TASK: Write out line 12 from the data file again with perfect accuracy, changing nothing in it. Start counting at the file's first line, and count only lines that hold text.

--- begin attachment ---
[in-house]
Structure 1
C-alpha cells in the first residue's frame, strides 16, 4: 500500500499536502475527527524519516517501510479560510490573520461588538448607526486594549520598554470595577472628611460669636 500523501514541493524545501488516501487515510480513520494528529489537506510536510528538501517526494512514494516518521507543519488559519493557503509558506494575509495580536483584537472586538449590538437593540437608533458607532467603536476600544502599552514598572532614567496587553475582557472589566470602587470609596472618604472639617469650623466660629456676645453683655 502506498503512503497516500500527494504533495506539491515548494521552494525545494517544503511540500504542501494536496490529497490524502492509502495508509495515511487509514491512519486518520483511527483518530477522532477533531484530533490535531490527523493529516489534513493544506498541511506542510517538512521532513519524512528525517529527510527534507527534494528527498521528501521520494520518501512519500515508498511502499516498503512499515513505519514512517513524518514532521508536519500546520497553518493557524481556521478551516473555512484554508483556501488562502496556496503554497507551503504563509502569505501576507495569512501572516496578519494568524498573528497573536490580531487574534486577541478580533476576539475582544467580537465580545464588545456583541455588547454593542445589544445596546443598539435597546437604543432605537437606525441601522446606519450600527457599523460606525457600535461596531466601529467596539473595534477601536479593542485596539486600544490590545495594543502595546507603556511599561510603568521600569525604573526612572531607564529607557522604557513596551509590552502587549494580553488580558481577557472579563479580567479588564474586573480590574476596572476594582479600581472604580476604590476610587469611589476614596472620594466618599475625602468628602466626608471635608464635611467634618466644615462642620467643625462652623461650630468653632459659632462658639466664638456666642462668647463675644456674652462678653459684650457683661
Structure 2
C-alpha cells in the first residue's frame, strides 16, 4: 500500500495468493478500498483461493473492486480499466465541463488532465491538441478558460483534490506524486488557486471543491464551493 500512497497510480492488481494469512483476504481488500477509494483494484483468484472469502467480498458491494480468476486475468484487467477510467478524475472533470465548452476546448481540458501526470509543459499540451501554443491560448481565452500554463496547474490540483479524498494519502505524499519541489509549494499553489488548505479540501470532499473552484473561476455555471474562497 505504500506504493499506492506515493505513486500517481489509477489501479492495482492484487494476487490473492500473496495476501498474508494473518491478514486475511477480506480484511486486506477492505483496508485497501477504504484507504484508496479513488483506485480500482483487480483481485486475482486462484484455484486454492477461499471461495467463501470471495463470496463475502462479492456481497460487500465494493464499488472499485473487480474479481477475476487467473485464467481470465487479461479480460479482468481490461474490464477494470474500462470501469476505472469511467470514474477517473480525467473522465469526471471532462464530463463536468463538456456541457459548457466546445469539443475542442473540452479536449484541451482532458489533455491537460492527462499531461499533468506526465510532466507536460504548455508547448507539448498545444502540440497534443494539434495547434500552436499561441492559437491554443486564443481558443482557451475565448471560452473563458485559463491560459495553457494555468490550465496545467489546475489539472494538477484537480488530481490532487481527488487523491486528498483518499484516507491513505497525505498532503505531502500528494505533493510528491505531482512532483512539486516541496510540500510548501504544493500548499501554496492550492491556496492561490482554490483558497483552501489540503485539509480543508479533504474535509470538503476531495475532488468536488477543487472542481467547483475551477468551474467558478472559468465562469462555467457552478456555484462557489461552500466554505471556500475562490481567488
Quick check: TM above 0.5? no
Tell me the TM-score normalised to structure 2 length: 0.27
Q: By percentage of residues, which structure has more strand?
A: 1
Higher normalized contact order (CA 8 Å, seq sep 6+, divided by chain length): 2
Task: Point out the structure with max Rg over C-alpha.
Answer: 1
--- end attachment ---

Answer: 1